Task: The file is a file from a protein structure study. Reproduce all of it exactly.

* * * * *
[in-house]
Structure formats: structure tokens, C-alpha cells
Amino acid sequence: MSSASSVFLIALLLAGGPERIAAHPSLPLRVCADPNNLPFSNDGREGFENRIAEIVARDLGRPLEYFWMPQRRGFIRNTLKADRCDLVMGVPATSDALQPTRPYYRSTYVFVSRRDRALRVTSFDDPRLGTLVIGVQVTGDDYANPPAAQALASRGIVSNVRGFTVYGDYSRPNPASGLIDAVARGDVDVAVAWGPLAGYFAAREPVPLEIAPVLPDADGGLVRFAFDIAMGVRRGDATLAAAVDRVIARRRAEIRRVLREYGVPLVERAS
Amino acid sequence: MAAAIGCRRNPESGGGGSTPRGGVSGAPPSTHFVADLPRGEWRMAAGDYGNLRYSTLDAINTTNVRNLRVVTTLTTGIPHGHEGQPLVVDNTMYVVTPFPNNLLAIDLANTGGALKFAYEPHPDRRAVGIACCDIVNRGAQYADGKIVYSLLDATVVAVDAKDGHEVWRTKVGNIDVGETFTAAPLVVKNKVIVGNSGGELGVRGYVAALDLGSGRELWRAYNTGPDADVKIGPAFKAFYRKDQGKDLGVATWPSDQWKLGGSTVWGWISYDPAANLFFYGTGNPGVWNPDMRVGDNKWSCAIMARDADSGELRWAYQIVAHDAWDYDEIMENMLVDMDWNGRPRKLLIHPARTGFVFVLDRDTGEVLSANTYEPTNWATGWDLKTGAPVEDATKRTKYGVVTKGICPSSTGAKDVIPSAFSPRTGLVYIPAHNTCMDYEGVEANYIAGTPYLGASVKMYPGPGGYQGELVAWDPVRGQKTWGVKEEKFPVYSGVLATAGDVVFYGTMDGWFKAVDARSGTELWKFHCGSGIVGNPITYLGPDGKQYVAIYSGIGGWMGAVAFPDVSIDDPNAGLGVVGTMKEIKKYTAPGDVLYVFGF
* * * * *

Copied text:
[in-house]
Structure formats: structure tokens, C-alpha cells
Amino acid sequence: MSSASSVFLIALLLAGGPERIAAHPSLPLRVCADPNNLPFSNDGREGFENRIAEIVARDLGRPLEYFWMPQRRGFIRNTLKADRCDLVMGVPATSDALQPTRPYYRSTYVFVSRRDRALRVTSFDDPRLGTLVIGVQVTGDDYANPPAAQALASRGIVSNVRGFTVYGDYSRPNPASGLIDAVARGDVDVAVAWGPLAGYFAAREPVPLEIAPVLPDADGGLVRFAFDIAMGVRRGDATLAAAVDRVIARRRAEIRRVLREYGVPLVERAS
Amino acid sequence: MAAAIGCRRNPESGGGGSTPRGGVSGAPPSTHFVADLPRGEWRMAAGDYGNLRYSTLDAINTTNVRNLRVVTTLTTGIPHGHEGQPLVVDNTMYVVTPFPNNLLAIDLANTGGALKFAYEPHPDRRAVGIACCDIVNRGAQYADGKIVYSLLDATVVAVDAKDGHEVWRTKVGNIDVGETFTAAPLVVKNKVIVGNSGGELGVRGYVAALDLGSGRELWRAYNTGPDADVKIGPAFKAFYRKDQGKDLGVATWPSDQWKLGGSTVWGWISYDPAANLFFYGTGNPGVWNPDMRVGDNKWSCAIMARDADSGELRWAYQIVAHDAWDYDEIMENMLVDMDWNGRPRKLLIHPARTGFVFVLDRDTGEVLSANTYEPTNWATGWDLKTGAPVEDATKRTKYGVVTKGICPSSTGAKDVIPSAFSPRTGLVYIPAHNTCMDYEGVEANYIAGTPYLGASVKMYPGPGGYQGELVAWDPVRGQKTWGVKEEKFPVYSGVLATAGDVVFYGTMDGWFKAVDARSGTELWKFHCGSGIVGNPITYLGPDGKQYVAIYSGIGGWMGAVAFPDVSIDDPNAGLGVVGTMKEIKKYTAPGDVLYVFGF